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The cost of litter and BBQs on wildlife

Date: 17 August 2021
Author: Tom Jarvis
Title: Director of Parks at The Royal Parks

Dropping litter in the parks isn’t just unsightly, it can have a devastating impact on wildlife. Too often our park teams have spotted the shocking impacts of left litter and BBQs on the natural environment and wildlife, and we have listed a number of the top impacts on nature. Please help nature thrive and leave no trace by taking rubbish home - or putting it in the bins if there is space, and please remember, BBQs aren’t allowed in the parks.

We spotted this colourful sofa suite jammed against the trunk of a mature oak tree in Bushy Park. We are staggered that someone would consider dumping such a large piece of furniture in the heart of this precious park – one which is designated as a Site of Special Scientific Interest and host to a wide diversity of wildlife. It took time, effort and cost for our staff to remove and dispose of it, taking them away from their more important work to care for the park and its wildlife.

We spotted a cormorant in The Regent’s Park - a fish-eating species, and it has its head and beak trapped in the discarded plastic rings from a pack of beer. This would most likely mean it is unable to catch and eat any but the smallest fish, which is very bad news for a bird which needs to be able to hunt and catch fish of all sizes to survive. It will also likely cut into the bird, causing wounds which will get infected.  Unfortunately, it will be impossible for us to catch this wild bird to remove the plastic, unless it becomes very weak through starvation – but by then it might be too late to help it.

All too often stags are spotted by our wildlife officers tangled in plastic. This can be really distressing for the animals who will do what they can to shake the plastic off. Unfortunately, deer and other wildlife are attracted to left over picnic scraps left in bags and can even end up eating the plastic bag and other litter by accident, which can then get caught in their intestine causing them a lot of pain, and difficulty digesting food.

Pelicans were first introduced to St James’s Park in 1664 as a gift from the Russian Ambassador and there have been pelicans in the park since then. Back then plastic wasn’t a problem, but today’s flock of six birds have been spotted juggling plastic bottles - a truly distressing sight, and worse if they were to accidentally eat the litter.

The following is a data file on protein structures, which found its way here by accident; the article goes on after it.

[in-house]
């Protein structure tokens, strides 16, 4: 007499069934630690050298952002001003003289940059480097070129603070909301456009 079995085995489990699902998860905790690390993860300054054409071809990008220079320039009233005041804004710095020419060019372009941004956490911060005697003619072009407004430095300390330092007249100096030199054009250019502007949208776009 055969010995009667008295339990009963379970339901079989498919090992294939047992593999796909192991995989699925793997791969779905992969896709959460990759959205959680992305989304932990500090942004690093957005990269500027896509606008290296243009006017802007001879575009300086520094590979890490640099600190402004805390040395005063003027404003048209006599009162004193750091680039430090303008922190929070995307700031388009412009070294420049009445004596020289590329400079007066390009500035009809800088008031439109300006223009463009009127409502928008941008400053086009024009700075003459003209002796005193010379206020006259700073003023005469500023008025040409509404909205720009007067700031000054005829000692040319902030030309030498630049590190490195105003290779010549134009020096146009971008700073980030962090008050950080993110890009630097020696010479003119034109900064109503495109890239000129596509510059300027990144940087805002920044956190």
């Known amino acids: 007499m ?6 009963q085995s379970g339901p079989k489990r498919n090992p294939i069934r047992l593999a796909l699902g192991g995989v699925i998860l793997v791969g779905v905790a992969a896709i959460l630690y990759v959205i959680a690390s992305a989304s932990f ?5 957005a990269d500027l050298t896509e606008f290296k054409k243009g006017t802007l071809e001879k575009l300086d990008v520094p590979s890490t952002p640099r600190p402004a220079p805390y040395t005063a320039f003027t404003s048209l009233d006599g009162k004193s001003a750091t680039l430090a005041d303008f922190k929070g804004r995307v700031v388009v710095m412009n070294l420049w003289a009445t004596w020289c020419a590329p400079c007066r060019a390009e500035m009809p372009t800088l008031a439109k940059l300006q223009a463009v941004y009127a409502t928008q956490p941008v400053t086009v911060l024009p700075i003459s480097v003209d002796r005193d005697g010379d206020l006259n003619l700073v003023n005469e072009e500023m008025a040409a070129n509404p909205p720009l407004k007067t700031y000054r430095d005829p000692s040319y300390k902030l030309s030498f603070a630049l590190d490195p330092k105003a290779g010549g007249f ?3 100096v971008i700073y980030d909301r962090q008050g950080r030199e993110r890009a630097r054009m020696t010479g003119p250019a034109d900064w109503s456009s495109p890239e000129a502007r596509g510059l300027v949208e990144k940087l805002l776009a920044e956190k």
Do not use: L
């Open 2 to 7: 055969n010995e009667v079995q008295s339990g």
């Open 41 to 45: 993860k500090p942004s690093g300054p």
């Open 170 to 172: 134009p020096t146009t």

This beautiful bird is a white-headed duck and it is part of St James's Park’s waterfowl collection. Sadly, this one has a blue rubber band caught around its neck which could cause problems feeding and breathing, or could cause it to get trapped in vegetation. Once out of the water, there is a chance that our Wildlife Officers might be able to catch it to remove the band but perhaps not before it has caused real harm. Unfortunately, we’re expecting more birds to suffer a similar fate with the amount of discarded face masks that are ending up in the parks’ waterbodies.

This is awful on two counts. The dumped trash is unsightly, and the plastic bottles and cans will not decompose for many, many years and may trap wildlife – of course our staff stepped in to clear it away, but that takes them away from other tasks managing habitats and helping wildlife. But importantly, bonfires and BBQs aren’t permitted in the park. Fires often get out of hand, particularly in dry weather, damaging even larger areas of grassland habitat and trees, and killing wildlife such as voles, lizards and invertebrates.  They also damage wildlife habitats – both areas underneath and near to the fires, but also any deadwood placed in the fire. Deadwood is actually an incredibly important habitat, supporting a huge variety of wildlife, from fungi to rare invertebrates. 

Our volunteers spotted a hedgehog struggling through The Regent’s Park one night. This is the only park in central London known to have breeding hedgehogs – a species sadly in decline across the UK – and our teams are specially trained to care for them and help them thrive. Which makes it especially distressing to see it entangled in a glitzy party balloon attached with a long chord. Litter trapped to its back brings a high chance of the hog getting caught on something and becoming trapped. It also draws attention to other animals – such as dogs or foxes – putting it at greater risk of harm. We were able to free this little one as luckily our volunteers were out and about, but we’re concerned that next time an animal won’t be so lucky.

This distressing photo shows three of four lizards that were killed in a fire covering 100 square meters in Richmond Park during the lockdown last year.

We don’t know for sure how this particular fire started but they are often caused by BBQs, which are forbidden in the Royal Parks.  

The fire in the photos also killed lots of snails and other important invertebrates as well as destroying the habitat itself. Previous fires have killed grass snakes, toads, frogs, different species of newts and stag beetles, which all contribute to the parks’ rich biodiversity. Please don’t light BBQs: protect this wonderful wildlife.

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Updated: 9 November 2021